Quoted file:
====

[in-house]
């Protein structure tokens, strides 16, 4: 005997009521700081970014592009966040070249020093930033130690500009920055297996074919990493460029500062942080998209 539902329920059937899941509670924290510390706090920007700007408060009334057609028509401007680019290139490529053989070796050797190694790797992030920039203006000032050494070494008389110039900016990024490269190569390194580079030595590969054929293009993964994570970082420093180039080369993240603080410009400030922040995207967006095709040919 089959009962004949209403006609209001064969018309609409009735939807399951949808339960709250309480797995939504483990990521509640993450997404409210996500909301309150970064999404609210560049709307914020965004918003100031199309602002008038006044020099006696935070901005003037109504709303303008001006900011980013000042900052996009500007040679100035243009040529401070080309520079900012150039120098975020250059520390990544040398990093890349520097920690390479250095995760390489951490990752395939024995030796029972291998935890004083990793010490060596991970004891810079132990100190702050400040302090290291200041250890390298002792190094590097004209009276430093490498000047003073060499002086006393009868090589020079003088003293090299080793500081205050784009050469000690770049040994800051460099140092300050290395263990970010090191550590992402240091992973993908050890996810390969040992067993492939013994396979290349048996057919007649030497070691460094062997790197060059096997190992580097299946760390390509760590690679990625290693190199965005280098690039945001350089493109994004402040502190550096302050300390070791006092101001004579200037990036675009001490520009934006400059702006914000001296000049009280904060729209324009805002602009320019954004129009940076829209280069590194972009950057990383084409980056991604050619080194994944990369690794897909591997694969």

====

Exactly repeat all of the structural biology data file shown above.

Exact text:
[in-house]
């Protein structure tokens, strides 16, 4: 005997009521700081970014592009966040070249020093930033130690500009920055297996074919990493460029500062942080998209 539902329920059937899941509670924290510390706090920007700007408060009334057609028509401007680019290139490529053989070796050797190694790797992030920039203006000032050494070494008389110039900016990024490269190569390194580079030595590969054929293009993964994570970082420093180039080369993240603080410009400030922040995207967006095709040919 089959009962004949209403006609209001064969018309609409009735939807399951949808339960709250309480797995939504483990990521509640993450997404409210996500909301309150970064999404609210560049709307914020965004918003100031199309602002008038006044020099006696935070901005003037109504709303303008001006900011980013000042900052996009500007040679100035243009040529401070080309520079900012150039120098975020250059520390990544040398990093890349520097920690390479250095995760390489951490990752395939024995030796029972291998935890004083990793010490060596991970004891810079132990100190702050400040302090290291200041250890390298002792190094590097004209009276430093490498000047003073060499002086006393009868090589020079003088003293090299080793500081205050784009050469000690770049040994800051460099140092300050290395263990970010090191550590992402240091992973993908050890996810390969040992067993492939013994396979290349048996057919007649030497070691460094062997790197060059096997190992580097299946760390390509760590690679990625290693190199965005280098690039945001350089493109994004402040502190550096302050300390070791006092101001004579200037990036675009001490520009934006400059702006914000001296000049009280904060729209324009805002602009320019954004129009940076829209280069590194972009950057990383084409980056991604050619080194994944990369690794897909591997694969």